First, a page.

E. g. the ELF header and data segments mean nothing of sense to the
processor itself.)

> That's a machine code, since starting at 00000000 to 11111111, you
> have 256 different codes available. 

I'm afraid it's not that simple. IA-32 opcodes, for example, are
complex bit sequences and don't always have the same length.
Primary opcodes consist of up to three bytes in this architecture.

With some RISC CPUs, there is a machine instruction length
limitation of e. g. one word. But the IA-32 doesn't have this

>> But you _do_ know that pyc files are Python byte code, and you
>> could only directly disassemble them to Python byte code
>> directly? 
> that's the part I did not understand, so thanks for pointing that
> out. What I disassembled did not make sense. I was looking for
> assembler code, but I do understand a little bit about how the
> interpreter reads them.
> For example, from, here's part of the script:
> # Note:  more names are added to __all__ later.
> __all__ = ["altsep", "curdir", "pardir", "sep", "pathsep",
> "linesep",
>            "defpath", "name", "path", "devnull"]
> here's the disassembly from os.pyc:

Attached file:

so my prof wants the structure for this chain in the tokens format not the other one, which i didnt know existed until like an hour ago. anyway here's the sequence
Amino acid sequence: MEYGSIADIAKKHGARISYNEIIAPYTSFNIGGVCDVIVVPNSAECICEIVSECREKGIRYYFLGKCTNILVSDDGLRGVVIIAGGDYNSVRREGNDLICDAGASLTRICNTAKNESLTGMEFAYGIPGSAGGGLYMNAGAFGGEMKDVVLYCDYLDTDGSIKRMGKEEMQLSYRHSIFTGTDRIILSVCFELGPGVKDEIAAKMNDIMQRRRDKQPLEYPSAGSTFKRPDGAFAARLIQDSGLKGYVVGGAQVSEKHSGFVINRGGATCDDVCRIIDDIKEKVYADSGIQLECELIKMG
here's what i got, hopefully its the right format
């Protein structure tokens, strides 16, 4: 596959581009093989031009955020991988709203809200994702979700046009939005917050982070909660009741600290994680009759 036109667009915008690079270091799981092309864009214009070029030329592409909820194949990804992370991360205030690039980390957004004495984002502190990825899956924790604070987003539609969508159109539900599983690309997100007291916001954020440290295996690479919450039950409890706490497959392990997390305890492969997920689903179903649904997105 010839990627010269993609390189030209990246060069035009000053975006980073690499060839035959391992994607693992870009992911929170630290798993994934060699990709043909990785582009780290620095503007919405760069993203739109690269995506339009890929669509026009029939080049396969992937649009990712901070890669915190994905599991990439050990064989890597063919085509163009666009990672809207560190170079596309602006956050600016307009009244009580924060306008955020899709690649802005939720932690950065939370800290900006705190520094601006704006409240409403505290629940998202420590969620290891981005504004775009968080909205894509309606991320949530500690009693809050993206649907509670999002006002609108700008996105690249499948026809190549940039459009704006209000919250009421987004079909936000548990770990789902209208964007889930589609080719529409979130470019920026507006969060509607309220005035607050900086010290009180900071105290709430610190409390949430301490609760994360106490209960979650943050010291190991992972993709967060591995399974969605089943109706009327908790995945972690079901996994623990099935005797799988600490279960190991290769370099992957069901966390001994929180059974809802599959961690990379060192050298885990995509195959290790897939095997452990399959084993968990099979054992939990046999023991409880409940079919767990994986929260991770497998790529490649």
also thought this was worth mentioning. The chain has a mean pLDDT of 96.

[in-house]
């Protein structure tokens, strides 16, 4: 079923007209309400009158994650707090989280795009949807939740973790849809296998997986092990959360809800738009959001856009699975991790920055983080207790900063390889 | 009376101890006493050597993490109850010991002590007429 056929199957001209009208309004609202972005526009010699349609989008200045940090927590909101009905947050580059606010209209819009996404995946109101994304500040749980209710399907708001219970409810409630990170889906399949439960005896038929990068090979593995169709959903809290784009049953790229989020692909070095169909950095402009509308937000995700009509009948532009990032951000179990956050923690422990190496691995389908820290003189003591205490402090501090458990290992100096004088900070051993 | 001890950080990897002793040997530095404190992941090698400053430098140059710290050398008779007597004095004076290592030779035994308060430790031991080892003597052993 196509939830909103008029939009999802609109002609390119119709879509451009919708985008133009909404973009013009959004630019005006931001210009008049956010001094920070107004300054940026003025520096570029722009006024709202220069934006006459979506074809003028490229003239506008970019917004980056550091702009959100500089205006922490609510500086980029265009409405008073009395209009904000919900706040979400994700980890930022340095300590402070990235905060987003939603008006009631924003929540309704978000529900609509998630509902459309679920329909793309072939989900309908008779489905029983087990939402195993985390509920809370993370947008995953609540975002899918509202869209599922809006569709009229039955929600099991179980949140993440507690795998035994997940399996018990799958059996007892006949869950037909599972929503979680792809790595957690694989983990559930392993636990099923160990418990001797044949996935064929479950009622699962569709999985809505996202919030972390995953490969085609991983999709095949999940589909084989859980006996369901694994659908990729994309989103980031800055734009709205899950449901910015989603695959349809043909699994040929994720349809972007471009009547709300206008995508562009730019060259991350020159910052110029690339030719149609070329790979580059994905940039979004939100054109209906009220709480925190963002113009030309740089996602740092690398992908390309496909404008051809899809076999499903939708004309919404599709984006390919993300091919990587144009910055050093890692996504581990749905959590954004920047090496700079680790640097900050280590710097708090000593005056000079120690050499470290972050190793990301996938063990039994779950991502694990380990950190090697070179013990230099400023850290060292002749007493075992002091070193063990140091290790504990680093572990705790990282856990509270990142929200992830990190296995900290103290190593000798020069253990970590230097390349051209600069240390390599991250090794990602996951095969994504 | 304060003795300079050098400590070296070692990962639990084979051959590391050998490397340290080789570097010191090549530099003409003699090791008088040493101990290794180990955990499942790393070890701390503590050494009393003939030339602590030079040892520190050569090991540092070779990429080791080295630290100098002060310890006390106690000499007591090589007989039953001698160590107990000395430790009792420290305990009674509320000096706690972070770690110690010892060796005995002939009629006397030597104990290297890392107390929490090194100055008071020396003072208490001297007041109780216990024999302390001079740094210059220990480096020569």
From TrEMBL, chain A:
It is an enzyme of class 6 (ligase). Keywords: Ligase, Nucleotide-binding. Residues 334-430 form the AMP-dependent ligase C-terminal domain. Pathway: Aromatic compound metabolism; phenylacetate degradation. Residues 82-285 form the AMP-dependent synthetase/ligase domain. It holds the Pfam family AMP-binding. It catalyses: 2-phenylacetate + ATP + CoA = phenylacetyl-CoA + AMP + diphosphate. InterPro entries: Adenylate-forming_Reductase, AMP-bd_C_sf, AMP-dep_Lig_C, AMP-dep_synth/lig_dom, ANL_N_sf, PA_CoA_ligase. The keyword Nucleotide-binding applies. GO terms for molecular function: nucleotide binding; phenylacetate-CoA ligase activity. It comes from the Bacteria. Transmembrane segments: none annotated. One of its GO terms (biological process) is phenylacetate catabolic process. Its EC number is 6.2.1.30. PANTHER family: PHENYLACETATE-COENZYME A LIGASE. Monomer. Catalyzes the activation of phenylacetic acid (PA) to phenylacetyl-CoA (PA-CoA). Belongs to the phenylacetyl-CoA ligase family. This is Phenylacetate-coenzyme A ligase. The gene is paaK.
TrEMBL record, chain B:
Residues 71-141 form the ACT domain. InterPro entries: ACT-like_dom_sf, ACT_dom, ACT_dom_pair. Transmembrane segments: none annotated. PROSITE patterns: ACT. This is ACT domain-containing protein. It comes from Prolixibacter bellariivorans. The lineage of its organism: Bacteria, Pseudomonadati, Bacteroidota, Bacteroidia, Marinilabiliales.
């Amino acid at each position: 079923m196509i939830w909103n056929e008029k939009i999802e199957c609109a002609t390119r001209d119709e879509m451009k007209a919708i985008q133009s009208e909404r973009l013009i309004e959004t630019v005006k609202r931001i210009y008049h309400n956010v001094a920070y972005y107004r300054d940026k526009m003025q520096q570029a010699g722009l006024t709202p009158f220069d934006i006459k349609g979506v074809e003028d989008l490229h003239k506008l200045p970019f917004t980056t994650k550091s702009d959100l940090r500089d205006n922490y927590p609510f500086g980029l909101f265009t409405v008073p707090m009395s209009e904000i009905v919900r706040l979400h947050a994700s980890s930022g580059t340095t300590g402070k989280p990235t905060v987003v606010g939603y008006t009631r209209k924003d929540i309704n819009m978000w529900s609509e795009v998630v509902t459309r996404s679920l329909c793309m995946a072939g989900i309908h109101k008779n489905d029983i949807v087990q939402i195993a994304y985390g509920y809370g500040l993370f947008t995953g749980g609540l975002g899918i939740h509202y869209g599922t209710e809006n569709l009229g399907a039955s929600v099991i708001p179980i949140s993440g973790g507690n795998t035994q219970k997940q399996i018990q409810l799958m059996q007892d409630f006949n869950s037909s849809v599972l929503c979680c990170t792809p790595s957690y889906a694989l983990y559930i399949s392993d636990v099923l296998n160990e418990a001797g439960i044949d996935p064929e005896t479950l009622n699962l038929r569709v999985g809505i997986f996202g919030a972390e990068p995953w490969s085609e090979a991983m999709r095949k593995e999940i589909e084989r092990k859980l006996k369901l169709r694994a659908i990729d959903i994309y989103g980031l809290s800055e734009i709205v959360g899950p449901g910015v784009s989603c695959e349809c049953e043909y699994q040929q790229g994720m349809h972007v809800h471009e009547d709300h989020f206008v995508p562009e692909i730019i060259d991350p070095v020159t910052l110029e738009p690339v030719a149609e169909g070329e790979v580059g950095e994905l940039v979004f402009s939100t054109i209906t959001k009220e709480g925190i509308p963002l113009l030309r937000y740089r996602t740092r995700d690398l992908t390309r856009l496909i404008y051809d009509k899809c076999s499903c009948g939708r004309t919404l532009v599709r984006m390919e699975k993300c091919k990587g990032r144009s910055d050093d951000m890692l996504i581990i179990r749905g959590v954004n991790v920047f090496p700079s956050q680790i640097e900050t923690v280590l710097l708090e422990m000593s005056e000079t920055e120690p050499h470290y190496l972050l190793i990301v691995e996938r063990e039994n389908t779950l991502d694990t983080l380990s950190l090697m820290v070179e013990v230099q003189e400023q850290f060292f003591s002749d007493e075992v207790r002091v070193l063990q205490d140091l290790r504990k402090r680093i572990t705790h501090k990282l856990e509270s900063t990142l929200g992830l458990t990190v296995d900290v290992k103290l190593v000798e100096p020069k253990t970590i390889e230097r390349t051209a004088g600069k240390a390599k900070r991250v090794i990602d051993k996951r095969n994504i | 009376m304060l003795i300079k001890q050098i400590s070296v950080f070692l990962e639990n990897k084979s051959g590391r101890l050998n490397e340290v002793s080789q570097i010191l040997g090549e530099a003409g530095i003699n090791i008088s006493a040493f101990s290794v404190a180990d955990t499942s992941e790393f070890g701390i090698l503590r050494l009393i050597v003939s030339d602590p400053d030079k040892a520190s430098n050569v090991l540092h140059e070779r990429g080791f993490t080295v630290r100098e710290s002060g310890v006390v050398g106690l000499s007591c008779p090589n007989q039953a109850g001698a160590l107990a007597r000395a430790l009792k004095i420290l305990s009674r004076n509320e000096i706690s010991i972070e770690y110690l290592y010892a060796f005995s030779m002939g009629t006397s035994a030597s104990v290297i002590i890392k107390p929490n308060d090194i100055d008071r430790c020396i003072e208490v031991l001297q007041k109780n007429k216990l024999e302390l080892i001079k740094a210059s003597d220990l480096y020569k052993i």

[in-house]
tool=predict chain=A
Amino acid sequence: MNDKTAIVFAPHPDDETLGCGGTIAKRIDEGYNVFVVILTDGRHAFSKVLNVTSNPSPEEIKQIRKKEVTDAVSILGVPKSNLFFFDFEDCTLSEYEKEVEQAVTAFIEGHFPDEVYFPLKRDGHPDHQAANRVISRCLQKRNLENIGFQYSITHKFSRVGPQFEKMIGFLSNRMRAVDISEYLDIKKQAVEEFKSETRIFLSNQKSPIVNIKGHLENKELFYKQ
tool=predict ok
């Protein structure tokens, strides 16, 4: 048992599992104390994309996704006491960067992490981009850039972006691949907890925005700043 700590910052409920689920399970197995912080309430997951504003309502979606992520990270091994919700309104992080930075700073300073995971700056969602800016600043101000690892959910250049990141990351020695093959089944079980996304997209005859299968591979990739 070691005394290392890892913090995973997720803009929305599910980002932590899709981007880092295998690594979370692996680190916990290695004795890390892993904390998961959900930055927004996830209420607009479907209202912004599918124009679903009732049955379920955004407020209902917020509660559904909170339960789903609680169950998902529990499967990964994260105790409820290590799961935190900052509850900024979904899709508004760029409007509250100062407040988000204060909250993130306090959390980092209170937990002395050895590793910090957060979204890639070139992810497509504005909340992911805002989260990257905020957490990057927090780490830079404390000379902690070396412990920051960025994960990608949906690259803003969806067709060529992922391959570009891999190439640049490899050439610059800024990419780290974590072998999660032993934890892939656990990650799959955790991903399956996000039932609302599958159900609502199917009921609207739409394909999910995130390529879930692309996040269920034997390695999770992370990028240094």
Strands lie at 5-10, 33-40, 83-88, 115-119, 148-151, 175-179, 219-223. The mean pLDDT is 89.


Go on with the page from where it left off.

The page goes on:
... which is completely pointless because this is no IA-32 code
segment which the processor could execute, but a custom data file
format. I'd rather try this, for example:

>>> def increment(i):
...  i += 1
...  return argument
>>> dis.dis(increment)
  2           0 LOAD_FAST                0 (i)
              3 LOAD_CONST               1 (1)
              6 INPLACE_ADD         
              7 STORE_FAST               0 (i)

  3          10 LOAD_GLOBAL              0 (argument)
             13 RETURN_VALUE        

The Python VM, though, is stack-based, not register-based as most
CPUs. That's why the opcodes are quite different.

> The script is essentially gone. I'd like to know how to read the
> pyc files, but that's getting away from my point that there is a
> link between python scripts and assembler. At this point, I admit
> the code above is NOT assembler, but sooner or later it will be
> converted to machine code by the interpreter and the OS and that
> can be disassembled as assembler.

Yes. But the interpreter doesn't convert the entire file to machine
language. It reads one instruction after another and, amongst other
things, outputs corresponding machine code which "does" what's
intended by the byte code instruction.
> Python needs an OS like Windows or Linux to interface it to the
> processor.  

Not really. The CPython executable contains machine code directly